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    THIS exceptional sculpture by Rudolf Schadow entitled Die Spinnerin was located in Co. Offaly. (click on image to enlarge). UPDATE Die Spinnerin sold for 241,250 pounds

    VENUS ITALICA from the workshop of Canova. The sculpture was located south of Tullamore. (click on image to enlarge).

    REDISCOVERED in Ireland and created in 19th century Rome three marble sculptures will feature at Sotheby’s sale of European Sculpture and Works of Art in London on July 8. The highlight of the group is an exceptional sculpture by the Northern artist Rudolf Schadow (German, 1786-1822) entitled Die Spinnerin, estimated at £120,000-180,000.

    Schadow had arrived in Rome in 1812 to fully absorb the legacy of sculpture from classical antiquity and work with the master Antonio Canova. The Cork trained sculptor John Hogan (1800-58) made a similar journey and lived in Rome for 24 years.  Unlike Hogan, Schadow had a major patron in King Frederick William of Prussia who provided financial support.  The sculpture of a young girl spinning was first conceived in 1816 and Schadow went on to produce versions for such eminent patrons as the Prussian King, Prince Nikolaus II Esterházy of Hungary, Prince Ludwig of Bavaria, Baron von Lebzelter, and the Duke of Devonshire.

    The Irish Grand tourist Henry Patten was one of many who followed the fashionable example set by the wealthy as they toured Europe, commissioning while on their travels works of art from artists residing abroad. Patten commissioned the present work in 1819 for his house in Westport, County Mayo and Schadow made several references to it during the spring of that year. There is a dedication to Patten on the marble.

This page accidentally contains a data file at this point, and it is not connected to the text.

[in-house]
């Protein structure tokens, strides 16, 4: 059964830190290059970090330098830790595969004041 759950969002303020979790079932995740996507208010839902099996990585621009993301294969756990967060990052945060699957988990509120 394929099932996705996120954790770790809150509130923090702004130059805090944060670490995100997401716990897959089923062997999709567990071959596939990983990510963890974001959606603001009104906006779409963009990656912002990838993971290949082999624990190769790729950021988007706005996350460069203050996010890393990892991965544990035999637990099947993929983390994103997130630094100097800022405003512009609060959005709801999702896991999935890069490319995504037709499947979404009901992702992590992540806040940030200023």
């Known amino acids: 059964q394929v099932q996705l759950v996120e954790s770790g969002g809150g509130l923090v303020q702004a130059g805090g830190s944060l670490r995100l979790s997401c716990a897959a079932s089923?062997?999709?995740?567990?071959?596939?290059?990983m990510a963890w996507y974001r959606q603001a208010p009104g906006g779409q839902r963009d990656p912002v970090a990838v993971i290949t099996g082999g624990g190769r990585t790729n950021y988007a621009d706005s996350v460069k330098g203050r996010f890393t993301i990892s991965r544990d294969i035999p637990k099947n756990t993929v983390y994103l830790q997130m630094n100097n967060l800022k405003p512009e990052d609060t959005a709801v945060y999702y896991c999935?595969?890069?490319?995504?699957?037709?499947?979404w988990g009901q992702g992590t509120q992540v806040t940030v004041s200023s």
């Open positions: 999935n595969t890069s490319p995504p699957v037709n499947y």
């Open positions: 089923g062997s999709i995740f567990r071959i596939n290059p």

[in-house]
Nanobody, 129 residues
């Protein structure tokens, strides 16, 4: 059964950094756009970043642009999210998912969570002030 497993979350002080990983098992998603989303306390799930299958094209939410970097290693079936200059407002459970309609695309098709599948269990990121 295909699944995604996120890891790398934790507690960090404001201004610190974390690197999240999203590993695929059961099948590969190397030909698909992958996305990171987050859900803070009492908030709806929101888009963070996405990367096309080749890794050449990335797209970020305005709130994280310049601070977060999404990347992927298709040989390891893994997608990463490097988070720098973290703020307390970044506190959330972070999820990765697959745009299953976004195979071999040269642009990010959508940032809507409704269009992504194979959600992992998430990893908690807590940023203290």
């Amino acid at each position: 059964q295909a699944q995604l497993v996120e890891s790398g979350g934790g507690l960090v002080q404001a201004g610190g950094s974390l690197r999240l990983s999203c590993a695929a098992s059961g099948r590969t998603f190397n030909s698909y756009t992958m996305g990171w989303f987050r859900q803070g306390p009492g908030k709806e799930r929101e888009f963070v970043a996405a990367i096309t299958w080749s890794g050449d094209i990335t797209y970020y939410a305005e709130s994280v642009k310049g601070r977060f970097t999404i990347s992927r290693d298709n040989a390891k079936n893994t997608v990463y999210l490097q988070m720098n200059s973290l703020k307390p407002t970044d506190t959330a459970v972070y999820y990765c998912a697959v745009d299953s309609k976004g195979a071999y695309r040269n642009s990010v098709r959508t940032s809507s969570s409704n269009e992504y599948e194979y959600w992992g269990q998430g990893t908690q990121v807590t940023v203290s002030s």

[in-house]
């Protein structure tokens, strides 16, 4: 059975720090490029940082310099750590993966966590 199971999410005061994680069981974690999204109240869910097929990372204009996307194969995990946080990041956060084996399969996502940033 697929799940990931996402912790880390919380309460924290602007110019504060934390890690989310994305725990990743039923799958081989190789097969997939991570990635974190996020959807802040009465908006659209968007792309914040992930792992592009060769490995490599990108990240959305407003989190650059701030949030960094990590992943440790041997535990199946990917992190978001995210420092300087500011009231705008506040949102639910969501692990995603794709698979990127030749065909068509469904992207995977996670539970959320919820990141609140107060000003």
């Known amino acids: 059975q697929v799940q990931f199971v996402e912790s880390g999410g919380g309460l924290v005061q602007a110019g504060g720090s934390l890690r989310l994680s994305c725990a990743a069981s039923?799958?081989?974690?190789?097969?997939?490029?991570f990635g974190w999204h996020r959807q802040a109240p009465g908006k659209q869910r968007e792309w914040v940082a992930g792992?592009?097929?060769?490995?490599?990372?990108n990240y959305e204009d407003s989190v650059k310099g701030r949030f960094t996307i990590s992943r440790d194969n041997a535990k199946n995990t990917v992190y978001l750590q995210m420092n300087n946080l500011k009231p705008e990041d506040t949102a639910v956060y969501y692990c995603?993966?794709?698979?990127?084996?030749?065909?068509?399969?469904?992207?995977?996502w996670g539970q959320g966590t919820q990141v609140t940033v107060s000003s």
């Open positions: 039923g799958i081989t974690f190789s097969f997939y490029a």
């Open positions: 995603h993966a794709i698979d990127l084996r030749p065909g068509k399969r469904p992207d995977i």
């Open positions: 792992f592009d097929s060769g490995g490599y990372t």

Die Spinnerin by Rudolf Schadow and Venus Italica and Hebe from the Workshop of Antonio Canova (1757-1822) were found in Annaghmore House, Tullamore, Offaly. Their history includes an Irish commission, the Grand Tour, and Rome’s flourishing artistic community at the centre of it all. Venus Italica and Hebe, from the Workshop of Antonio Canova were carved around 1820 during Canova’s lifetime, circa 1820. Estimated at £60,000-80,000, the marble statues were taken from two of Canova’s most famous models.

    When Sotheby’s Sculpture specialist Erik Bijzet first cast his eye over photographs of the sculptures brought to Sotheby’s Dublin office, he was immediately struck by their intrinsic quality and importance.

    UPDATE:  Die Spinnerin made £241,250, Venus Italica and Hebe were withdrawn when they failed to reach their reserves.

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